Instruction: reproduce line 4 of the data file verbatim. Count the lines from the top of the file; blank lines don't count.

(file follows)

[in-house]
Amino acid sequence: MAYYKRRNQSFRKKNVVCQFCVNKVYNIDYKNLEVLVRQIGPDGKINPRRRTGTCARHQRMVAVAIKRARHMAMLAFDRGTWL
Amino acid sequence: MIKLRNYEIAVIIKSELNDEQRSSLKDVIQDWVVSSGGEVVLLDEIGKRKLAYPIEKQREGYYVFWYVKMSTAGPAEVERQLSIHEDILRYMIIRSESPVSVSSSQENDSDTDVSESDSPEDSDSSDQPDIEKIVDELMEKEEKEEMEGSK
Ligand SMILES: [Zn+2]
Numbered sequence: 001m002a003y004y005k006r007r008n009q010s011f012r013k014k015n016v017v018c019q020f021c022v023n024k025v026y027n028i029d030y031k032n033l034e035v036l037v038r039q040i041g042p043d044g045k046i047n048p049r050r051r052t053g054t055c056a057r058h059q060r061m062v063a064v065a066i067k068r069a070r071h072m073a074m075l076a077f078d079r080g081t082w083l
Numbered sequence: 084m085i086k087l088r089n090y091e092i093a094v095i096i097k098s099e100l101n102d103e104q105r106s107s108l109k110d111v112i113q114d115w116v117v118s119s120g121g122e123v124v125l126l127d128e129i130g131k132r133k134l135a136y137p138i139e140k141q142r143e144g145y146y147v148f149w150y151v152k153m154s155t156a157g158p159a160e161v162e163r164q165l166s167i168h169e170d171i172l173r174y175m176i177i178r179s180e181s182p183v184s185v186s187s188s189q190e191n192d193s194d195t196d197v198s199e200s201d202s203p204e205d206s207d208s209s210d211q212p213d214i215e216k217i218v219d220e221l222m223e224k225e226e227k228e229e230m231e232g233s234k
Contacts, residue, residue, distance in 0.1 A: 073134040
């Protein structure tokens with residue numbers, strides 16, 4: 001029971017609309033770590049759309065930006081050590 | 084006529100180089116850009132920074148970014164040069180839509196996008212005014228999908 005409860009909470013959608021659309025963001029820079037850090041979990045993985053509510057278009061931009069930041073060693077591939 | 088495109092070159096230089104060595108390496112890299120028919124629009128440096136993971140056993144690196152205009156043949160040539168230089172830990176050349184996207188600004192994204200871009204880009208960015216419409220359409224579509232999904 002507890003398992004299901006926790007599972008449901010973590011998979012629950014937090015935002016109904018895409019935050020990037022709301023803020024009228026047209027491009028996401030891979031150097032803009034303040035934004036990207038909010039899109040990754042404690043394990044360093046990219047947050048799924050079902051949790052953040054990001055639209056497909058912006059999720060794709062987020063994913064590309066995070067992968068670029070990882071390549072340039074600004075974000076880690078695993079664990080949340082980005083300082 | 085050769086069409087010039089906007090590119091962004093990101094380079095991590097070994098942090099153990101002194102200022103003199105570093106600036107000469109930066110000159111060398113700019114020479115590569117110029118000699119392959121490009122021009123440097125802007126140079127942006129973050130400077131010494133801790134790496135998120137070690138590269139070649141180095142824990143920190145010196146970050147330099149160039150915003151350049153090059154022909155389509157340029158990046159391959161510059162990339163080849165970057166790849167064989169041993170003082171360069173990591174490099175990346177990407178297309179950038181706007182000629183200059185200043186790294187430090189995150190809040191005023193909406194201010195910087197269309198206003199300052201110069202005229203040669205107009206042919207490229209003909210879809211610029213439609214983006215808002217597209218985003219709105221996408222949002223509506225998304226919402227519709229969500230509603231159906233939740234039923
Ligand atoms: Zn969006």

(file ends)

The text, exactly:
Ligand SMILES: [Zn+2]